Tanzania has frozen issuance of new maize export permits in what could worsen the shortage of the product that has driven prices of flour to historic highs.
Several millers and animal feed manufacturers told Business Daily the neighbouring country stopped issuing permits last week, tightening the supply of the staple locally.
“We have been unable to get maize from Tanzania since last week after the country stopped issuing export permits to traders with the cutting off of stocks from Tanzania expected to push up the cost of flour,” said Ken Nyaga, the chairperson of the United Grain Millers Association.
John Gathogo, publicity secretary of the Association of Kenya Feed Manufacturers, said their members are unable to get stocks from Tanzania as well following the move that has seen processors cut down on production.
Millers are issued with a one-off permit for grain export from Tanzania and they need to apply for a new one every time they intend to ship maize out of that country.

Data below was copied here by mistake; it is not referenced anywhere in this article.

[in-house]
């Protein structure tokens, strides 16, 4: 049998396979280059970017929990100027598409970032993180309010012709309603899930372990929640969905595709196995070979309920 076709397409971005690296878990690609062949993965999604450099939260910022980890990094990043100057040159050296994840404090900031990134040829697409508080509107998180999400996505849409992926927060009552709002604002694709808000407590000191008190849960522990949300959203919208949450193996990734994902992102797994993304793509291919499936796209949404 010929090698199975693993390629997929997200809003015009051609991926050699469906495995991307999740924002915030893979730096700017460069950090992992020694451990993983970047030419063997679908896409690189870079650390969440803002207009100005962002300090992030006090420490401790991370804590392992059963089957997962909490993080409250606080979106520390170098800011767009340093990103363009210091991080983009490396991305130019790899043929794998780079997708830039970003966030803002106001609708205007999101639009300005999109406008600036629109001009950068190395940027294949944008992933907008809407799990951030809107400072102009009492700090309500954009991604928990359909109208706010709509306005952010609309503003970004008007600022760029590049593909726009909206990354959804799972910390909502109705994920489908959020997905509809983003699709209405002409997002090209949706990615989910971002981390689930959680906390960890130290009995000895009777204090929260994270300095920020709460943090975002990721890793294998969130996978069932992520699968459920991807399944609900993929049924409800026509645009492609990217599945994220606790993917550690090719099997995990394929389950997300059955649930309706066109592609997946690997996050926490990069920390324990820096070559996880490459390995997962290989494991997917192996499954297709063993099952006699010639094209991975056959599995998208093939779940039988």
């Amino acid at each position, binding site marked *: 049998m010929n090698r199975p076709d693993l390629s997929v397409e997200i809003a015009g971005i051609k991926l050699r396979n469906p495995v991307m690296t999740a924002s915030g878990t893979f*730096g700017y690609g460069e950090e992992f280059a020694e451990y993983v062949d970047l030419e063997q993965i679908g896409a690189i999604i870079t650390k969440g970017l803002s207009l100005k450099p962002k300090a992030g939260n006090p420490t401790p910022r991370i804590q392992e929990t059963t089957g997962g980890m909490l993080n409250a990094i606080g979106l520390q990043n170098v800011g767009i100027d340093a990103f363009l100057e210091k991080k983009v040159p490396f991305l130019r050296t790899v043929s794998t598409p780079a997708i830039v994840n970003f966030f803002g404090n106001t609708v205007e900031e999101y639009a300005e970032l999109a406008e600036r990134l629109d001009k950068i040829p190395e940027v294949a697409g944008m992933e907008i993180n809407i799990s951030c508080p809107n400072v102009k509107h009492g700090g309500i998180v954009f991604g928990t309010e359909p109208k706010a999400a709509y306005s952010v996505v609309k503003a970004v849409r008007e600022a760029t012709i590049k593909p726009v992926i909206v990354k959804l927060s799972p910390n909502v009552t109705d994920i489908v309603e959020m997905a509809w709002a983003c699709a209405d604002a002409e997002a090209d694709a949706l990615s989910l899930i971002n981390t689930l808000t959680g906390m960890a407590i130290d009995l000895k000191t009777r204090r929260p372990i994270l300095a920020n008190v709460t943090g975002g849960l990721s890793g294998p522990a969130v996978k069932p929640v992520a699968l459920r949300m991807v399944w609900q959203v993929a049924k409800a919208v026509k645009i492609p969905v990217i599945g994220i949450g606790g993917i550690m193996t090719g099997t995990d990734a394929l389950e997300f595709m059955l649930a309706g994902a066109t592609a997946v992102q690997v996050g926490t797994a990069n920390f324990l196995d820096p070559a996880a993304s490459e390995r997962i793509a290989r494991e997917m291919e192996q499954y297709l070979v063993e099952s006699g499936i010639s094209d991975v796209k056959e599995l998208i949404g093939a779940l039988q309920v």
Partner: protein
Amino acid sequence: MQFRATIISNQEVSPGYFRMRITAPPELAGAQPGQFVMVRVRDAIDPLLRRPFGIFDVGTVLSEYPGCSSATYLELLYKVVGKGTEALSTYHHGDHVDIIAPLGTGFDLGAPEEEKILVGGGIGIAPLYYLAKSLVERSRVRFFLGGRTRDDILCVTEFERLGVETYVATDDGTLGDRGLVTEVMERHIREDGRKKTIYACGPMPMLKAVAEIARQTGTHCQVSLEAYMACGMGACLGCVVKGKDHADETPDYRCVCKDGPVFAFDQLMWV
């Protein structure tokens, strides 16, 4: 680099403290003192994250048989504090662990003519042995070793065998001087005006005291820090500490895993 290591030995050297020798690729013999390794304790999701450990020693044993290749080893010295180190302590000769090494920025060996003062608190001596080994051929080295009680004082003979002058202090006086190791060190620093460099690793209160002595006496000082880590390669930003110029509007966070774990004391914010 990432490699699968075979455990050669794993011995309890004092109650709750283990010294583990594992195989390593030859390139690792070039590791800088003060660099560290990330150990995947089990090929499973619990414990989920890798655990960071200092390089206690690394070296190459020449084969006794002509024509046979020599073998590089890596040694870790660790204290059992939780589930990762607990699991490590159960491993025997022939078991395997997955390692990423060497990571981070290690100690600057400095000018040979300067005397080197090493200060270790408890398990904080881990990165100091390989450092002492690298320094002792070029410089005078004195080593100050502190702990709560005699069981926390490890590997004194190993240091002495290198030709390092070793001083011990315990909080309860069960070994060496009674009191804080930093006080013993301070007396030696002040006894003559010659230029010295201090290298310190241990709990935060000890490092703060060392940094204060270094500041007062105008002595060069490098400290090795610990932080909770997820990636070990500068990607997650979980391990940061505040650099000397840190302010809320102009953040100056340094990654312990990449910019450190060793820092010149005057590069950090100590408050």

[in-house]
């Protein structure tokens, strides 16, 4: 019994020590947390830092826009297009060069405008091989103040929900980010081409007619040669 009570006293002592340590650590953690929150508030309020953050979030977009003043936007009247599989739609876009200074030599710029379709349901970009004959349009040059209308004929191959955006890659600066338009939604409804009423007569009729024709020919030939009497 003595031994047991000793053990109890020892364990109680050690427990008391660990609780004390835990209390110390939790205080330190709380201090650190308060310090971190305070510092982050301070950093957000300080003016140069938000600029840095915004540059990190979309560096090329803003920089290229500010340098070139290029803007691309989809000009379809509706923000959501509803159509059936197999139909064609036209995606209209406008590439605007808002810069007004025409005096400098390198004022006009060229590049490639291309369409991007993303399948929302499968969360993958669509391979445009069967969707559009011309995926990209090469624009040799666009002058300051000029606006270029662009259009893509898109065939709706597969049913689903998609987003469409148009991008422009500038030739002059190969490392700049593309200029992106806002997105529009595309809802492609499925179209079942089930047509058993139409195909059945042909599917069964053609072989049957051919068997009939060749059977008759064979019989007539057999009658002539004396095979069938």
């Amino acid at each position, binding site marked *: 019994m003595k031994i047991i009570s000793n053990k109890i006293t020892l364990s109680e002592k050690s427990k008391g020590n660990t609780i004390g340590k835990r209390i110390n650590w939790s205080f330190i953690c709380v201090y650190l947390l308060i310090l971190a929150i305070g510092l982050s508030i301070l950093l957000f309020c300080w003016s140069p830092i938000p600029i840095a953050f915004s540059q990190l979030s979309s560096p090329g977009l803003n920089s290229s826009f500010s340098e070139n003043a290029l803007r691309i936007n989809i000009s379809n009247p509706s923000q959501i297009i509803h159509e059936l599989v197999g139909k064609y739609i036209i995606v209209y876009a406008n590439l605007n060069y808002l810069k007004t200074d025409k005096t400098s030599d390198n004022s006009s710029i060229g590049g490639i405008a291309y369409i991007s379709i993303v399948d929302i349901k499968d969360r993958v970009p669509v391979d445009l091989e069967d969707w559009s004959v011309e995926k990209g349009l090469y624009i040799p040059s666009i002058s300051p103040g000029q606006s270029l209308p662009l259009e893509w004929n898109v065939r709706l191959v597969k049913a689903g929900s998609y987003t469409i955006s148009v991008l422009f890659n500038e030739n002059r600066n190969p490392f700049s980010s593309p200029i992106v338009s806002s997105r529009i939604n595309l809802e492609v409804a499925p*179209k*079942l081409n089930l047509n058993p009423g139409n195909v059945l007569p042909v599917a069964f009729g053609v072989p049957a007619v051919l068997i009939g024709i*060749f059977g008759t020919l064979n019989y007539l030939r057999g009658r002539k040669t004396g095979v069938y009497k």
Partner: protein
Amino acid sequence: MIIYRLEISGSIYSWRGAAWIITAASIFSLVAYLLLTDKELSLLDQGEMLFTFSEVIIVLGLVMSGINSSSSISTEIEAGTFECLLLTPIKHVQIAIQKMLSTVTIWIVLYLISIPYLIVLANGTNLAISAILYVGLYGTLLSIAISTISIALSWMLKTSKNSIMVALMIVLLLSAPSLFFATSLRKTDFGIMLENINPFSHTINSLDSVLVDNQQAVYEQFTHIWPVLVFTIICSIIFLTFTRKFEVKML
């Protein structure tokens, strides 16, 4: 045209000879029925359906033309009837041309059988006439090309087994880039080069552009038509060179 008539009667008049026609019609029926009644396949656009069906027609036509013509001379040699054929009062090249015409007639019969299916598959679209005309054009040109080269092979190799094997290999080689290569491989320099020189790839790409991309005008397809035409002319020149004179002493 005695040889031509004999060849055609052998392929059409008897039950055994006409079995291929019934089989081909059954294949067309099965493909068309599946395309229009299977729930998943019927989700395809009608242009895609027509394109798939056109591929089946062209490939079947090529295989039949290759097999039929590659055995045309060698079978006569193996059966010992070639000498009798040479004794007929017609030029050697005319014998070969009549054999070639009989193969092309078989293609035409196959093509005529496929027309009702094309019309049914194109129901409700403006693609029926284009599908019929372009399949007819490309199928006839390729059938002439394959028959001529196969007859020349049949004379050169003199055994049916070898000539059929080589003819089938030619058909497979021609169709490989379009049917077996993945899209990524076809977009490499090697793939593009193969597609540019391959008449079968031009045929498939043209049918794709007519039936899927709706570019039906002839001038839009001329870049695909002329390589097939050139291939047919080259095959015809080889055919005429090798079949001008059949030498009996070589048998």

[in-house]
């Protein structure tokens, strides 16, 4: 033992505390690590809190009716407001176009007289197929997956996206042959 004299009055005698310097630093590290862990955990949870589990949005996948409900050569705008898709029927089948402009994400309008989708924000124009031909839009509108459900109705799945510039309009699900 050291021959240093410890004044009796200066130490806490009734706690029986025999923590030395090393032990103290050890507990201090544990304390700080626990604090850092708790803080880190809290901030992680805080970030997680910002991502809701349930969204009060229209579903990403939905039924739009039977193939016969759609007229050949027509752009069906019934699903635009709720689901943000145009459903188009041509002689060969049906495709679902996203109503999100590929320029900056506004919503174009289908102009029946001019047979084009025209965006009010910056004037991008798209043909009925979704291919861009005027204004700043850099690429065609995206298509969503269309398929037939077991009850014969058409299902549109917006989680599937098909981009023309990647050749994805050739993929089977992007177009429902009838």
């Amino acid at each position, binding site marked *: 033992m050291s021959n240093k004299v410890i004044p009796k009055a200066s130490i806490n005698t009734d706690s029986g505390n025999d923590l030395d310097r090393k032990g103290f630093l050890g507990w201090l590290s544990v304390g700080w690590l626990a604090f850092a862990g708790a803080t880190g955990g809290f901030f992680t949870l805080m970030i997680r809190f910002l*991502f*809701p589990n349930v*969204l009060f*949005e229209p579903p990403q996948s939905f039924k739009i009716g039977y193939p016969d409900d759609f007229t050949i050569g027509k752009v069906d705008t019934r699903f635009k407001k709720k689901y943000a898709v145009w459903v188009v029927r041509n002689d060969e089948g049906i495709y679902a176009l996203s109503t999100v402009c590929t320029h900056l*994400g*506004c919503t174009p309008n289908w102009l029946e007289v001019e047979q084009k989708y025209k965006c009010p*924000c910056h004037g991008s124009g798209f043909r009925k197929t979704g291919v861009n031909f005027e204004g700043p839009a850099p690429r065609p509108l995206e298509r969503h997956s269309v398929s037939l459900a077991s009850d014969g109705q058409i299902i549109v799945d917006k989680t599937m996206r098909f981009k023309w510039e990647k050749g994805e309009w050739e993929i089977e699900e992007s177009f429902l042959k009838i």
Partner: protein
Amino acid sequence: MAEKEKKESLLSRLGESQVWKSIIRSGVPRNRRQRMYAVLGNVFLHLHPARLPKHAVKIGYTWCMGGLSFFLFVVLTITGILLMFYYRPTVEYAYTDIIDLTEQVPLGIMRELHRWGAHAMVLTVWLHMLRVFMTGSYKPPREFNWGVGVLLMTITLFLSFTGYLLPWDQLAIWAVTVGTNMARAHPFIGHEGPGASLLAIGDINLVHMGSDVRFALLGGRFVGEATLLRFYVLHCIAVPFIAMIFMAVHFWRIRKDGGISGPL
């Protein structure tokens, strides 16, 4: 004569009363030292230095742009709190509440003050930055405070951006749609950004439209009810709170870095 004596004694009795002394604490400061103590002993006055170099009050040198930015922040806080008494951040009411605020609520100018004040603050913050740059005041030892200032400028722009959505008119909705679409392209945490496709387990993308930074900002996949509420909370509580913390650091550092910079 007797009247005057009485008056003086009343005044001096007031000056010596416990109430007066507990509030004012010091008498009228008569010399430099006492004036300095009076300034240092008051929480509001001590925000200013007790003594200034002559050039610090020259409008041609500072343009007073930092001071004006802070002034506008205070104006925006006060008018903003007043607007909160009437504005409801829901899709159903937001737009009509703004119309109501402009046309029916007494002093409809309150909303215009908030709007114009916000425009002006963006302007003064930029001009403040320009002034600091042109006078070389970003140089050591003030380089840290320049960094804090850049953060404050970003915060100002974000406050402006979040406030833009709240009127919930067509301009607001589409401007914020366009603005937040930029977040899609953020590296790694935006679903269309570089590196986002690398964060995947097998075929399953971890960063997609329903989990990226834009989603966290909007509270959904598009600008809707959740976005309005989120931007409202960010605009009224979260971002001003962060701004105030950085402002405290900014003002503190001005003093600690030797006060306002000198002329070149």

Tanzania has for the last two years become a key source market for maize to bridge deficits especially after the two countries mended their trade ties with the change of regime last year following the death of former President John Magufuli.
Data from the Eastern Africa Grain Council shows imports from Tanzania nearly grew five-fold last year to 469,474 tonnes from 98,000 tonnes in 2020. The development has left processors jostling for stocks that are available locally and a few imports coming in from Zambia. Tanzania restricts exports to protect its local stock following poor harvests.
The Kenya Bureau of Standards (Kebs) said the maize coming in through the Namanga border has significantly declined, confirming that imports into the country at that point is originating from Zambia.
“We have witnessed a significant decline in maize coming in from Tanzania; on average we are now getting 10 trucks from a high of 80 trucks previously,” a Kebs official at the Namanga border said.
The move leaves Zambia as the only key source market for the produce to bridge the local deficit as most stocks from Uganda— also a key source — is now heading to South Sudan owing to high prices in Juba.
The shortage occasioned by Tanzanian ban will push up the price of maize locally to Sh5,900 for a 90 kilogramme bag from Sh5,400, according to millers.
Kenya has been relying on cross-border stocks from Tanzania and Uganda to meet the rising demand of flour after supply in the local market dwindled. The price of flour has jumped to Sh210 for a two-kilo pack after the subsidy programme that lowered the cost to Sh100 ended.
Countries in the region are competing for a limited white maize for flour and animal feeds.